On June 11, the U.S. Food and Drug Administration (FDA) approved a biosimilar to pegfilgrastim (Neulasta), pegfilgrastim-apgf (Nyvepria), to decrease the incidence of febrile neutropenia in patients with nonmyeloid malignancies receiving myelosuppressive anticancer drugs associated with a clinically significant incidence of febrile neutropenia.
The FDA approval was based on the review of a comprehensive data package and totality of evidence demonstrating a high degree of similarity of the bioisimilar to its reference product, according to a news release issued by Pfizer, manufacturer of pegfilgrastim-apgf.
“Chemotherapy-induced febrile neutropenia is a relatively common and severe side effect of some cancer treatments that could cause significant complications and can result in the alteration of treatment regimens,” said Ali McBride, PharmD, MS, BCPS, BCOP, Immediate Past President of the Association of Community Cancer Centers. “The FDA approval of [pegfilgrastim-apgf] provides clinicians with an additional long-acting treatment option that can help prevent infections in patients undergoing myelosuppressive chemotherapy.”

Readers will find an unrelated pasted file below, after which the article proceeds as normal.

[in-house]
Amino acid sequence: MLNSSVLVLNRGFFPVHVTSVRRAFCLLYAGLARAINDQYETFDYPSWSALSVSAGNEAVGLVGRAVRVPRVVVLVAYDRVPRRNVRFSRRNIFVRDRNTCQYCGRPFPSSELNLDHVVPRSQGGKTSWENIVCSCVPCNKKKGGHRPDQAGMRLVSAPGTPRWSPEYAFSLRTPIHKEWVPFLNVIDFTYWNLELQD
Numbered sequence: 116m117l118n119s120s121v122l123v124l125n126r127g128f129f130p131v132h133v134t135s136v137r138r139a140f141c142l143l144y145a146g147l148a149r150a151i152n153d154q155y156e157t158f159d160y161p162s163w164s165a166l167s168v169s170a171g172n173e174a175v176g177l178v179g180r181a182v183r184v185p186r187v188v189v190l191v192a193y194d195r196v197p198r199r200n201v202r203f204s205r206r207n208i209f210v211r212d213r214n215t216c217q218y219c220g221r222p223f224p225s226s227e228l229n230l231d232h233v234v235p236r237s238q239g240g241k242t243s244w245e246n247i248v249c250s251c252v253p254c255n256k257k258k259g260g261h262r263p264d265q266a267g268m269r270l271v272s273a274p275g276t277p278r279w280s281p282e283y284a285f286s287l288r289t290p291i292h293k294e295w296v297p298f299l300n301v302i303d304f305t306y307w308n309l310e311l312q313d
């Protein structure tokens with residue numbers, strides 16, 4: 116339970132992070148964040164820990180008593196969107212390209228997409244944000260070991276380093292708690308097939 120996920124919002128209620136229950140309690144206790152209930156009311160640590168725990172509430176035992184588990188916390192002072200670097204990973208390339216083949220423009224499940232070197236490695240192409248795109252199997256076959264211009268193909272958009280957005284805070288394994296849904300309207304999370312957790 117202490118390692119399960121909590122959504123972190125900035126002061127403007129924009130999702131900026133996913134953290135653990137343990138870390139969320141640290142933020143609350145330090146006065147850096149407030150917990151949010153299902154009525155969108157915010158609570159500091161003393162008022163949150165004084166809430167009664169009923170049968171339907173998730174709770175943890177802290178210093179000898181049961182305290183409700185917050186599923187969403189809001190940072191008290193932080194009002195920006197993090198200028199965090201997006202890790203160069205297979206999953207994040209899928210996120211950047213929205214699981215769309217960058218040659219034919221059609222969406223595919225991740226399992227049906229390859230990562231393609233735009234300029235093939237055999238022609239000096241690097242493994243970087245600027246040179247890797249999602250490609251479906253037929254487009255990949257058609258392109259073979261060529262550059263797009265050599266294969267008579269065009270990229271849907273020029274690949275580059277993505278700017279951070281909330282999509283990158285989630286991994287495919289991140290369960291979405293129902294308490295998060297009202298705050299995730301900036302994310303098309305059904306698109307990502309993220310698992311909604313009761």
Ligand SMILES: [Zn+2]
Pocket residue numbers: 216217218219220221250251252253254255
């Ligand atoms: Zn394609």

Pfizer has also filed for regulatory approval with the European Medicines Agency for the biosimilar product—the application is currently under review.
Pegfilgrastim-apgf is not indicated for the mobilization of peripheral blood progenitor cells for hematopoietic stem cell transplantation.